Thursday, August 13, 2009

Curse of the Normandie Inn

All right this is really "Mystery of the Normandie Inn Pt. 2." I didn't think of "curse" until the other day. Otherwise I would've used it for the first post. I like "curse" better.

After my first post I was talking to some people about the place. They all seem to think (1) it's cursed; and (2) it's older than the 1920's.

A lot of people have heard that the Normandie Inn is cursed. That everyone who owns it has tragedy strike them or their families, etc. They've heard about the haunting, too.

I'm told that in the 70's and 80's the place was a hangout for bikers. I don't know why. Seems like a pretty gay place for bikers to hang out.

Supposedly some bikers who liked to go there would end up dying, either in the area or some place else. I guess the others caught on that the place was bad luck and stopped going there. Then the place became a mainstream restaurant again until it shut its doors in late '03.

And look some interior decorators bought the place in 2004. When the contractors were ready to go in and renovate, the two knight statues were stolen. Five years later the new owners still haven't been able to move in. Is this the curse at work?

Also everyone I talked to thinks the building is much older than was reported in the LIBN article, which said it dates back to the 1920's. But another LIBN article (May 27, 1996--not available online for free), a restaurant review actually, puts it back in the 1800's:
The curious-looking stucco building at the intersection of Lakeland and Smithtown Aves, in Bohemia has been a landmark site since the late 1800s. Here, the oldest building in Bohemia once stood, providing a stopping off point for, so the lore goes, rum runners on a NYC to Montauk run, and Manhattan, Chicago, and LA celebrities to drink and dine during prohibition.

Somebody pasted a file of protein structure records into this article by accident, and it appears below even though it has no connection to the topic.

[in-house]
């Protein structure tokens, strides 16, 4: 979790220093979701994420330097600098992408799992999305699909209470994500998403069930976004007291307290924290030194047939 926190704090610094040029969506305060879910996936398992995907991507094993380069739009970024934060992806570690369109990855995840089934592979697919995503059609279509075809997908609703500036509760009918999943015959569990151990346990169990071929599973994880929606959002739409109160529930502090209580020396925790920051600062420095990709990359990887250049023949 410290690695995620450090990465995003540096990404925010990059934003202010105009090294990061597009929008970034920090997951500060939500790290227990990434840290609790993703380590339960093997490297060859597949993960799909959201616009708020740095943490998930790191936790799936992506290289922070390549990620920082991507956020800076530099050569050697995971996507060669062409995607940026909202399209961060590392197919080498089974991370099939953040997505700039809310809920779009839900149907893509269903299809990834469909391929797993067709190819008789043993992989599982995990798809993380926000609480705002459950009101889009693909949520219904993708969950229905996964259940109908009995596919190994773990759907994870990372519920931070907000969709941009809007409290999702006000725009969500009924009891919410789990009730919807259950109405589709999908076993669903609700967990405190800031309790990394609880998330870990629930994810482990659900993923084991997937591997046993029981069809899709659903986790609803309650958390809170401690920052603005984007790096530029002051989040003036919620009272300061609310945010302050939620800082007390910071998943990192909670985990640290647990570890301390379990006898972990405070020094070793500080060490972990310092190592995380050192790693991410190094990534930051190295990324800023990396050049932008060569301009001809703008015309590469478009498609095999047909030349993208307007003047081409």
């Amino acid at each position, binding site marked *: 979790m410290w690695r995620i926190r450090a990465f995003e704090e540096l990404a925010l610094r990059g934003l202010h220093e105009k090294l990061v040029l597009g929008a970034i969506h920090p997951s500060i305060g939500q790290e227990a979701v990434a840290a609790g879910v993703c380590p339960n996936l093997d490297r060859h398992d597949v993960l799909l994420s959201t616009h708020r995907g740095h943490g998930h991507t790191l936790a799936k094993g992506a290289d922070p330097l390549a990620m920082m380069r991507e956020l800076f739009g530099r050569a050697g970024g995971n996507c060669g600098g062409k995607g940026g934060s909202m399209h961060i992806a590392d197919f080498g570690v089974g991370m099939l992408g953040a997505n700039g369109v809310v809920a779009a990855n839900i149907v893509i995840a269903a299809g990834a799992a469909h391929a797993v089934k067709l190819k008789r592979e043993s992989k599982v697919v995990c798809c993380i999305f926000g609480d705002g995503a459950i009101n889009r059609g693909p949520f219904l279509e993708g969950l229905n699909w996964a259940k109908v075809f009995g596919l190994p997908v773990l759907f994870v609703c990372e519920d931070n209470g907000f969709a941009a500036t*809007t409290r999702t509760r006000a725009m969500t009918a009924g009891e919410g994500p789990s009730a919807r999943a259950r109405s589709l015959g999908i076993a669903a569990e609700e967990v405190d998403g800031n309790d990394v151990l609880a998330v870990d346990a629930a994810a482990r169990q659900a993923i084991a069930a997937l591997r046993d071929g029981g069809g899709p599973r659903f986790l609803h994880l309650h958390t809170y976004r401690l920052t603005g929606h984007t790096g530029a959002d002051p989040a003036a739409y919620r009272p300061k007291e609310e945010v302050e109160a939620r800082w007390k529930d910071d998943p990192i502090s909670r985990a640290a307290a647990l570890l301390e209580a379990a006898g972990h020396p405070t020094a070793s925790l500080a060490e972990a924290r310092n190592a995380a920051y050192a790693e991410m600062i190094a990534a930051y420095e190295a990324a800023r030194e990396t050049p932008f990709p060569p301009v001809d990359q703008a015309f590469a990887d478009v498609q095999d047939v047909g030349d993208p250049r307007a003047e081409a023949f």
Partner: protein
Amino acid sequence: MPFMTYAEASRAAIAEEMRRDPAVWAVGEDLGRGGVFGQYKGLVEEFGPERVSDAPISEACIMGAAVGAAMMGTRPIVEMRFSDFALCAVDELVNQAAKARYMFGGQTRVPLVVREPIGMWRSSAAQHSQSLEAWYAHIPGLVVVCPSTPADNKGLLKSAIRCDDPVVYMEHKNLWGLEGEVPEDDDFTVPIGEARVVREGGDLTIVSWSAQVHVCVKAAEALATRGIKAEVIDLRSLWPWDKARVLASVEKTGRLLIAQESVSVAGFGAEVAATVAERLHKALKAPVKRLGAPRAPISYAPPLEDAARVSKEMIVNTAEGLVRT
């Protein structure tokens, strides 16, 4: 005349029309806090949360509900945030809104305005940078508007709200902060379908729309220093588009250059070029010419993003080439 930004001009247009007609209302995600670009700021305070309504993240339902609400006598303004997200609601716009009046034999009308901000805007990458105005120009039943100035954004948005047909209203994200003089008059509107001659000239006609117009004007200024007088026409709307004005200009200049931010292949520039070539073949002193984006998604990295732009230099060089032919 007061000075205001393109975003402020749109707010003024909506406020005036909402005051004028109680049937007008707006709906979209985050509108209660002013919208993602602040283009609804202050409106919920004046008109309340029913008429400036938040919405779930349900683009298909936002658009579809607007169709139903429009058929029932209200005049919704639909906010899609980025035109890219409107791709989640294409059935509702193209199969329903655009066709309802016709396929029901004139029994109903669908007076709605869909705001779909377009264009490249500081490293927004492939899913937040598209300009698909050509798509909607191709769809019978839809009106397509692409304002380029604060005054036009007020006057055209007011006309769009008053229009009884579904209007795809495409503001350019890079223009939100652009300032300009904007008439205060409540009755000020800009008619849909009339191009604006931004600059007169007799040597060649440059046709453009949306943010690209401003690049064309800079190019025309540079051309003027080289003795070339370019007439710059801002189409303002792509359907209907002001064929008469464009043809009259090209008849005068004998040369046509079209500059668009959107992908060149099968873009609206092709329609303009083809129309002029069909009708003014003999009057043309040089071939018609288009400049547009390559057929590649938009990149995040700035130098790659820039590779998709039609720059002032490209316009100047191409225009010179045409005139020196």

Besides, think of the timelines. It was supposedly built as a house for a Czech baron in the 1920's, but it was also a speakeasy during prohibition, and Rudolph Valentino slept there?

Well Prohibition was from 1919 to 1933. And Rudolph Valentino died in 1926. The timelines don't make sense. If it was built in the 1920's as a residence, Czechy boy sure didn't live there long. So it's probably a lot older than that. I suppose somebody could pull a building permit or certificate of occupancy from the Town of Islip and check.

On another note, for a while Ritchie Blackmore of Deep Purple used to play Renaissance music there. Below are some pics showing the interior of the place with Blackmore and his band. They are supposedly from November, 2000. The hot-ass blonde is Blackmore's wife.




Normandie Inn, the mystery deepens.

2 Comments:

At 8:14 PM, Blogger Broll The American said...

Is there any evidence to support the story of a murdered waitress and haunting?

 
At 12:39 PM, Blogger rane252 said...

My grandparents had the Normandy Inn in the late 40's or early 50's. It was known as the Chateau La Boheme then. My grandmother died there in 1961. I lived and visited there at different times.
According to my mother, a family who lived across the street (Sugar Kavaric) said that it was built in the 20's by her father.
I never saw or heard anything unusual when I was there but I have reason to believe if it is haunted, it is by my grandmother. She had reasons to not be able to rest that I will not go into now.

 

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